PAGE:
- 8.9.3. All LMDs are encouraged towards presenting alert messages with multiple <info> elements of the same language. The multiple <info> elements should be presented with the most critical ones first (as indicated by having a BI value of “yes”).
- 8.10.1. The LMD should present the updated alert message only, when an LMD receives an update to an alert message that they have not yet presented.
- 8.10.2. If the LMD receives an update to an alert message while playing that alert message, it should play the original message to completion then provide the update.
8.11. Broadcast Immediate and Minor Updates
- 8.11.1. If an LMD receives an update alert message with an <info> element having a BI value of “yes” that also includes a CAP-CP Minor Change <parameter>, the LMD is not expected to interrupt programming for the minor change update if the referenced alert was already presented.
- 8.12.1. Alert authorities should, if possible, use the fewest number of polygons required to describe the area of the alert.
- 8.12.2. Alert authorities should, if possible, use polygons which do not exceed 150 vertices.
- 8.12.3. Any generalization of polygons associated with CAP-CP location references should include all areas of the single location, and may therefore also include areas outside of it. Further, overage should be kept to a minimum. For clarity, alerting a slightly larger area is preferred to alerting an area less than that which the alert has been issued for.
8.13. Speed of Delivery
- 8.13.1. Once an alert message has been published, every party involved in the distribution of that alert should work towards advancing and presenting the audience alert message to the public as quickly as possible.
- 8.13.2. LMDs should present BI audience alert messages immediately.
- 8.13.3. If an LMD with a visual and audible presentation (e.g. television) has the alert file in hand and cannot download an associated audio file within one minute, it should precede with the visual presentation, preferably with consideration to the guidance found in the section titled Audio Content Considerations 8.14. The Canadian Alerting Attention Signal should still be played.
- 8.13.4. Any audience alert message held in an LMD queue to follow a prior audience alert message should be presented following the presentation of the one before it.
- 8.13.5. When a new BI alert message is received, the current audience alert message should be allowed to finish playing, and then play the Canadian Alerting Attention Signal prior to playing the new BI audience alert message.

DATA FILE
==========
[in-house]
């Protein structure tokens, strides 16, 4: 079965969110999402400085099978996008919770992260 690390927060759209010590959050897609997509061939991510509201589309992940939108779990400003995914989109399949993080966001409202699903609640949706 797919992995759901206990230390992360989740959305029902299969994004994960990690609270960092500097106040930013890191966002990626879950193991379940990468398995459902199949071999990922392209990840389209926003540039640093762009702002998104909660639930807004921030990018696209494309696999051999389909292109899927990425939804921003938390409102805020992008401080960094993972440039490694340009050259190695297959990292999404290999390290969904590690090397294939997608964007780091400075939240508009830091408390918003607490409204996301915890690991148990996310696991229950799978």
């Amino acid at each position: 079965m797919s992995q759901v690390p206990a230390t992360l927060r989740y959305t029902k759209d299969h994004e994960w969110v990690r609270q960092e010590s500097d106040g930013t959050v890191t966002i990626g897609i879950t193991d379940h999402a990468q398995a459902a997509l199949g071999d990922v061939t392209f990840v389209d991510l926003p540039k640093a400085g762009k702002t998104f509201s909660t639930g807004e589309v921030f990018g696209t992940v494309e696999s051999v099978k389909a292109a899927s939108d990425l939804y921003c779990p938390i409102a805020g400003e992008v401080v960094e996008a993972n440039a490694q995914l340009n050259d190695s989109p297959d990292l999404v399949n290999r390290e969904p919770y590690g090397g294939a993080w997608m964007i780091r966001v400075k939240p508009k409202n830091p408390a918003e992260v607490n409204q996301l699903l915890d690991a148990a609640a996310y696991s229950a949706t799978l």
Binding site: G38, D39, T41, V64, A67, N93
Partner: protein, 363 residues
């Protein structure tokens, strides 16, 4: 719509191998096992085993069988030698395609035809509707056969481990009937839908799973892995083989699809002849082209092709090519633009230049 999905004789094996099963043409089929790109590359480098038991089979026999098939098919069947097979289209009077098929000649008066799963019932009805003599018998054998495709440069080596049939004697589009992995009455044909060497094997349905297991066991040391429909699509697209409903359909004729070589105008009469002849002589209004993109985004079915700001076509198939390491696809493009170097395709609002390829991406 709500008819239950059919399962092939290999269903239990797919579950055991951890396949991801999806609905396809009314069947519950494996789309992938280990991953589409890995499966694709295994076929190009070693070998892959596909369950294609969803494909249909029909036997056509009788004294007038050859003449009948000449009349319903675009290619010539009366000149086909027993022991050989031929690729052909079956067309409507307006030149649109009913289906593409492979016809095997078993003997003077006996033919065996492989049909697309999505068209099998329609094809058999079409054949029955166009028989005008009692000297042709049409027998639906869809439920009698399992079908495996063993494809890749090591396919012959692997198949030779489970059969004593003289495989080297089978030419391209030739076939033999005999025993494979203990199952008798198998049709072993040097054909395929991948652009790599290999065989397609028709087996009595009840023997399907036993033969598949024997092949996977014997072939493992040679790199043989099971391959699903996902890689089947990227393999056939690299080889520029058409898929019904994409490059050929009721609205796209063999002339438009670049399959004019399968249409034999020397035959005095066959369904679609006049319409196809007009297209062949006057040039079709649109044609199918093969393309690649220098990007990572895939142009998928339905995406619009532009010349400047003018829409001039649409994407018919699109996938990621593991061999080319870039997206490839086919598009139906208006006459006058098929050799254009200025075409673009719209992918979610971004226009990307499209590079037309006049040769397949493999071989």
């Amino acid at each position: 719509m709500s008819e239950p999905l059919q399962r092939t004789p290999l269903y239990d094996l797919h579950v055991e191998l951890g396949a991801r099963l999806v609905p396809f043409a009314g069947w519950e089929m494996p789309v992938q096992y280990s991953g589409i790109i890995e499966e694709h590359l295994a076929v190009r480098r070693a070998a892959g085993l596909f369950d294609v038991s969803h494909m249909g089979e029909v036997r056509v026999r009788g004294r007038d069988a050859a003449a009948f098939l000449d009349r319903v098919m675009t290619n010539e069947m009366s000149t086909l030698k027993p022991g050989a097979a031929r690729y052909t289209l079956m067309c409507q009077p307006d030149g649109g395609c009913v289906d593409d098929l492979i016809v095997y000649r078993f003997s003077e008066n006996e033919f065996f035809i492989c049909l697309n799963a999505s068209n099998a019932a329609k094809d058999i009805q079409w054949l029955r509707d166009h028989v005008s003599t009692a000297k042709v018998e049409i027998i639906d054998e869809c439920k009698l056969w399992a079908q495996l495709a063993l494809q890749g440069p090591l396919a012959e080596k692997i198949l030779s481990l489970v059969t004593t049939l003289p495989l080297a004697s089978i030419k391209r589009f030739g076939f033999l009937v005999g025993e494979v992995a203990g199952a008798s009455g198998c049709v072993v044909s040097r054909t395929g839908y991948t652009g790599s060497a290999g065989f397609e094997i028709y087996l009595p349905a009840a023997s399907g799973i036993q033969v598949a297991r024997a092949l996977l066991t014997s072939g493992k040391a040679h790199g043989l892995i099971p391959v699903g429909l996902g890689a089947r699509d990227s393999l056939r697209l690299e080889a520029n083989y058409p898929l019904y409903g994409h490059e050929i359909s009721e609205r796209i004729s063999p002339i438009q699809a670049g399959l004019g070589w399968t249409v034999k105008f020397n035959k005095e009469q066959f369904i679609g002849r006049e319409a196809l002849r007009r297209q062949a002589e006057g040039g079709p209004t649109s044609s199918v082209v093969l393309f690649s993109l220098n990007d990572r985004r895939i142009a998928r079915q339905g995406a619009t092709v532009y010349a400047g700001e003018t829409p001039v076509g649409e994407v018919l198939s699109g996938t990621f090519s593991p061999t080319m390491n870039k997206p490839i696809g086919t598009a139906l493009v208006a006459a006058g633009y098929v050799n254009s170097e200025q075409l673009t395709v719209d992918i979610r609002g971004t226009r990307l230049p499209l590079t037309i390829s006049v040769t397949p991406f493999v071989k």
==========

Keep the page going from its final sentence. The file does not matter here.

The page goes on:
8.14. Audio Content Considerations
- 8.14.1. Alerting authorities should aim for audio content of less than 60 seconds in duration per language.
- 8.14.2. Audio content that is to be distributed over TV and radio should not exceed 120 seconds in duration per language.
- 8.14.3. Audio content should be made available to LMDs as a monophonic MP3 file, using a coding rate of 64 kbit/s data.
- 188.8.131.52. Other audio formats may also be supported, depending on the LMD.
- 184.108.40.206. The content of the audio message must not differ between the formats.
- 8.14.4. Audio file size should not exceed known system requirements as referenced in Appendix A.
- 8.14.5. Alerting authorities should not include the Canadian Alerting Attention Signal in the audio file associated with an audience alert message, as it is to be presented by LMDs before presenting the audio content provided to them.
- 8.14.6. In the absence of a suitable audio file, LMDs with audio capabilities are encouraged to read the text of the audience alert message or use LMD Text To Speech (TTS) to audibly present the text of the audience alert message.
8.15. Medium Specific Considerations
- 8.15.1. Television
- 220.127.116.11. Program interruption may be limited to BI alert messages.
- 18.104.22.168. Automated broadcast interruption need not be used if a person can immediately present the text of an audience alert message verbally and visually mindful of the other guidance found in this document. The Canadian Alerting Attention Signal should be played just prior to presenting the text.
- 22.214.171.124. In the absence of a means to deliver an audible message, the Canadian Alerting Attention Signal should be played just prior to presenting the alert visually.
- 126.96.36.199. Full Screen
- 188.8.131.52.1. General
- 184.108.40.206.1.1. The audience alert message need only be presented until it is acknowledged, removed or the channel changed by the viewer.
- 220.127.116.11.1.2. The text should be limited to 120 words or approximately 720 characters, per page.
- 18.104.22.168.2. Single Page
- 22.214.171.124.2.1. The background colour should be solid red.
- 126.96.36.199.2.2. The text should be white.
- 188.8.131.52.2.3. The font should be arial, or similarly clean font, and of a size consistent with content normally presented for reading.
- 184.108.40.206.2.4. The text should be centered.
- 220.127.116.11.2.5. The entire text should be visible using televisions formatted to 4:3 aspect ratio.
- 18.104.22.168.2.6. A banner should be used that reads “EMERGENCY ALERT“ in English and “ALERTE D'URGENCE“ in French.
- 22.214.171.124.2.7. If a second language is to follow, an indicator should be presented at the bottom of the page. E.g. “Un message français suivra.”; “An English message follows.”
- 126.96.36.199.2.8. The page should be presented or available for no less than 15 seconds and no more than 60 seconds.
- 188.8.131.52.3. Multiple Page
- 184.108.40.206.3.1. See “Single Page” for formatting of the pages of an audience alert message.
- 220.127.116.11.3.2. An indication of the number of pages that are being used to present text should be presented below the banner at all times. e.g. Page x of y pages.
- 18.104.22.168.1. General
- 22.214.171.124. Crawler Insertion
- 126.96.36.199.1. The background colour should be solid red.
- 188.8.131.52.2. The text should be white.